First tenant for Rock Springs Business Park 2023

CHERRY — The long-vacant site of a former pottery in Hancock County will soon have a new tenant following years of renovation and marketing efforts.

Heavy Iron Oilfield Services, LP will transfer its operations from Canonsburg, Pennsylvania to Chester’s Rock Springs Business Park, the former location of Taylor, Smith & Taylor Pottery. The relocation entails a long-term contract with the property owner, Business Development Corp. of the Northern Panhandle.

Friday afternoon, Marvin Six, executive director of the BDC, revealed, “We have a prospective tenant going in.”

Six respondents said that the new tenant will bring 75 jobs with them as part of the move, with plans to add an additional 25 positions.

According to the BDC’s release, Heavy Iron offers well-testing and frac flowback services to the oil and gas sector, with a particular emphasis on the eastern United States.

Since 2011, the business has mostly focused its efforts on the Marcellus and Utica basins.

The company’s president, John Van Slyke, remarked, “We are happy to be relocating to Chester.” The facility is important to our operations and allows for expansion as Heavy Iron continues to experience extraordinary growth.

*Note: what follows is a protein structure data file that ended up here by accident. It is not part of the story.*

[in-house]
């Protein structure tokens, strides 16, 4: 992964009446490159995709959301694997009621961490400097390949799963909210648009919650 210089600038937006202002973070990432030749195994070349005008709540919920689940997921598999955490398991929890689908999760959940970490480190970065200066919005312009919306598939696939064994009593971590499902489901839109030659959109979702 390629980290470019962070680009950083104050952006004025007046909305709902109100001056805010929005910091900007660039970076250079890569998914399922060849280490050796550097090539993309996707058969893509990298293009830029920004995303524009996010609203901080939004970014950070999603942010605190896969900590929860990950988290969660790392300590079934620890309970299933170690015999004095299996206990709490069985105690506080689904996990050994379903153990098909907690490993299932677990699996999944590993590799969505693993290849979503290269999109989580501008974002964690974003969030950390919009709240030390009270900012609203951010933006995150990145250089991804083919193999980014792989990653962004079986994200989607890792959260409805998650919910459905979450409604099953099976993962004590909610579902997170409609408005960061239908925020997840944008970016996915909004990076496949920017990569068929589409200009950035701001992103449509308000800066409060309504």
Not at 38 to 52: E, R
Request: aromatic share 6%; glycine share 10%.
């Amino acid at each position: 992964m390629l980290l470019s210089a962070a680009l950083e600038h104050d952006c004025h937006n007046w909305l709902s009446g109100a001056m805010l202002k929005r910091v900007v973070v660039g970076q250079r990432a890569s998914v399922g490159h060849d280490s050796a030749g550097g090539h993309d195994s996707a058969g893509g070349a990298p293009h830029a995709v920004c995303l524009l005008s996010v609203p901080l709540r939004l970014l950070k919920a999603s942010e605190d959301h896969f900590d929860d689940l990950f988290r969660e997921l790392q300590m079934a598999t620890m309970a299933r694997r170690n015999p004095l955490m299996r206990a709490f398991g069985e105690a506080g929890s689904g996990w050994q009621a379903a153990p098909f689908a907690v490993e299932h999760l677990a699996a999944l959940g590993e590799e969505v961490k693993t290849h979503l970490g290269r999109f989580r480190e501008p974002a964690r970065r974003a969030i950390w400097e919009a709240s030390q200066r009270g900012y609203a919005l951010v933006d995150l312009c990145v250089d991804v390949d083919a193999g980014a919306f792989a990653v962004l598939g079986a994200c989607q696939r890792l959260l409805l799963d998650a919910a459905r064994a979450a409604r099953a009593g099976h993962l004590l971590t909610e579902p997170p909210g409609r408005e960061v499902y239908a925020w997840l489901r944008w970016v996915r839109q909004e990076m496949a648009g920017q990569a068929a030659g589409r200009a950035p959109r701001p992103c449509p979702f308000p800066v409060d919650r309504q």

Van Slyke was born in Canada, attended college in Missouri, moved to Pittsburgh in 2010, and founded his firm the following year. He was naturalized as an American citizen on Wednesday.

From 1900 through 1981, Taylor, Smith, and Taylor ran pottery in Chester, producing tableware, hotel ware, toilet sets, and specialized items.

The factory was abandoned for thirty years before the BDC, aided by a loan from the Hancock County Commission and two cleaning grants from the U.S. Environmental Protection Agency, acquired the site, demolished the historic pottery, and redeveloped the nine acres of land.

In 2018, the West Virginia Department of Environmental Protection granted a completion certificate for the site.

With aid from the West Virginia Economic Development Authority, United Bank, and Starvaggi Charity, a 30,000-square-foot speculative building was erected, and the land was renamed Rock Springs Business Park.

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